Our Cars Week: "The Ford Mustang: Can you go home again?"
(Submitted by Car Lust reader and Carspotting: Auto Archeology Editor Michael E. Gouge)
For my fellow car lovers, there is no need to explain the bond a 16-year-old has with his first car. Mine was a 1966 Mustang in Nightmist Blue, and it opened up a world of freedom, of escapism, of pleasure in the sound of an engine purring along an open road. In other words, this angst-filled teenager discovered a home, a sanctuary, in a Mustang. Three decades hence, that old pony car--along with my youth and a new-found euphoria for the open road--are but memories.
Thomas Wolfe, the acclaimed Lost Generation author who hailed from my hometown of Asheville, N.C., famously wrote, “You can’t go home again.” The phrase comes from the title of Wolfe’s follow-up novel, published posthumously, to his thinly veiled scathing depiction of Asheville in his classic 1929 work, “Look Homeward Angel.”
Wolfe wrote, “You can’t go back home to your family, back home to your childhood, back home to romantic love, back home to a young man’s dreams of glory and fame … back home to the escapes of Time and Memory.”
I’m offering this brief note on literature because I find myself in some ways journeying back to those youthful dreams and memories Wolfe found are often ruined by time and circumstance. My time machine: A descendant of my long-lost Mustang.
It’s true: Asheville looks much different than it did in my youth, not to mention Wolfe’s time. And the late-model Mustang I purchased a few days ago bears little in common mechanically with my old ’66, which carried me to my first job just a few hundred yards from Wolfe’s homestead. The photo above shows me with my first love. I was just 13 years old when my father purchased it.
But in some ways, I have come home again with this new pony. Behind the wheel of my latest Mustang, subtle design cues stir my memories. Everything is different, modern, even a bit bulky. But a spirit remains. Not a memory, but more like déjà vu. I catch fragments of a sensation.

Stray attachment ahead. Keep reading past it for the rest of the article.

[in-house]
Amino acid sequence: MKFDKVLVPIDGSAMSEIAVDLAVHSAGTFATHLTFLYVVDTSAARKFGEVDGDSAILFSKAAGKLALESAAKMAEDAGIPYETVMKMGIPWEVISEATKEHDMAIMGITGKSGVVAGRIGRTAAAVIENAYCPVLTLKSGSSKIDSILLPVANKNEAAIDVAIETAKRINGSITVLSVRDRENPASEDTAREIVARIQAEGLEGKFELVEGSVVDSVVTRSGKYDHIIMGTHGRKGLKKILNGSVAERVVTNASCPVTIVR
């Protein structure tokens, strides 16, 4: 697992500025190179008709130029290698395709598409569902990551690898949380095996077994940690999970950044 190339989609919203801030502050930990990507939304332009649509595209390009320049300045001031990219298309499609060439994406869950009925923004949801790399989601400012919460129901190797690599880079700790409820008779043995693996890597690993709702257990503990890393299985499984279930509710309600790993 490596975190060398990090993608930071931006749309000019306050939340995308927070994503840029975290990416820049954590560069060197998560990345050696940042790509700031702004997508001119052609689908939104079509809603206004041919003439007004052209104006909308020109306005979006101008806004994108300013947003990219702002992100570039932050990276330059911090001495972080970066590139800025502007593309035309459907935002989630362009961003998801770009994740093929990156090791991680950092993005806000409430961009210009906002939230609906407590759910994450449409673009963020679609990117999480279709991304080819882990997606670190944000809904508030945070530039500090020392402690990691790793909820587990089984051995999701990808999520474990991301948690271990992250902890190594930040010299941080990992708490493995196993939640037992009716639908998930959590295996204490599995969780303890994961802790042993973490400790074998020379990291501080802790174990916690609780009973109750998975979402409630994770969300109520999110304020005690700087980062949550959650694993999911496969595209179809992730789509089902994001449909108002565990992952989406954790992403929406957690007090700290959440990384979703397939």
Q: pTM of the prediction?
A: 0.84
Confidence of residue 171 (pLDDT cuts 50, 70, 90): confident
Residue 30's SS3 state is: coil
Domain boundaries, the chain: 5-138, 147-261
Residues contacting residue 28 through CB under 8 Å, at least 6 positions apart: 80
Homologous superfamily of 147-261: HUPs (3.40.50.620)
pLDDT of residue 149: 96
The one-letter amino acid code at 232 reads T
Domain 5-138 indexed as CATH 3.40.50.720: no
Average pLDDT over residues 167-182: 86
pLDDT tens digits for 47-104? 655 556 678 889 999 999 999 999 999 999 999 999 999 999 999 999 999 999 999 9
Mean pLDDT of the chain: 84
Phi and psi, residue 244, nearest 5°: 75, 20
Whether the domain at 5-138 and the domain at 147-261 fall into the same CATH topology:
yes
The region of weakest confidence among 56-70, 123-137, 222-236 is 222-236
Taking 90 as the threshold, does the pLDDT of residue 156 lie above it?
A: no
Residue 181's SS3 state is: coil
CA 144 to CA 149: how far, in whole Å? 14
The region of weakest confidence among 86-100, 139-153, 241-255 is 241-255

As an upperclassman in high school, I owned a Mustang II Rallye hatchback profiled previously in CARSPOTTING. Some of its DNA filters into this late model as well, and I’m drawn back to those days of Van Halen and sitting in the corner of a grocery store parking lot with friends waiting for a new adventure to present itself.
As you may know, the Mustang debuted in 1964 and forever changed the automotive landscape, starting the pony car wars and becoming a symbol of youthful freedom for a generation. I grew up fascinated with these beauties, annoying my parents with shouts of “Mustang” whenever one passed. These days, the carspotting thrill becomes seeing them hidden away in barns, junkyards, and fields — like the above collection of photos taken recently across western North Carolina and upstate South Carolina.
The original Mustang sold more than million cars in just a year-and-a-half, so plenty of them survive in one state or another. And I’m willing to bet nearly every one of them were beloved by at least one young owner.
Yes, Mr. Wolfe, it’s not the home I once knew and loved. But it takes a part of me back there with the curve of the dash, the hint of a side scoop, the ‘60s typography on the gauges, and timeless look of a running pony against a tri-colored stripe.
I roll past the places of my youth; as The Beatles used to sing, “Some have gone, and some remain.” Despite being a different decade and different Mustang, the feeling is eerily similar. For a moment, this reverie gives me the urge to pull over just ahead. But how ridiculous would it look for a middle-age man to plant himself on the hood of this Mustang in an abandoned Bi-Lo parking lot with David Lee Roth screaming from the stereo?
Everyone knows you can’t go home again.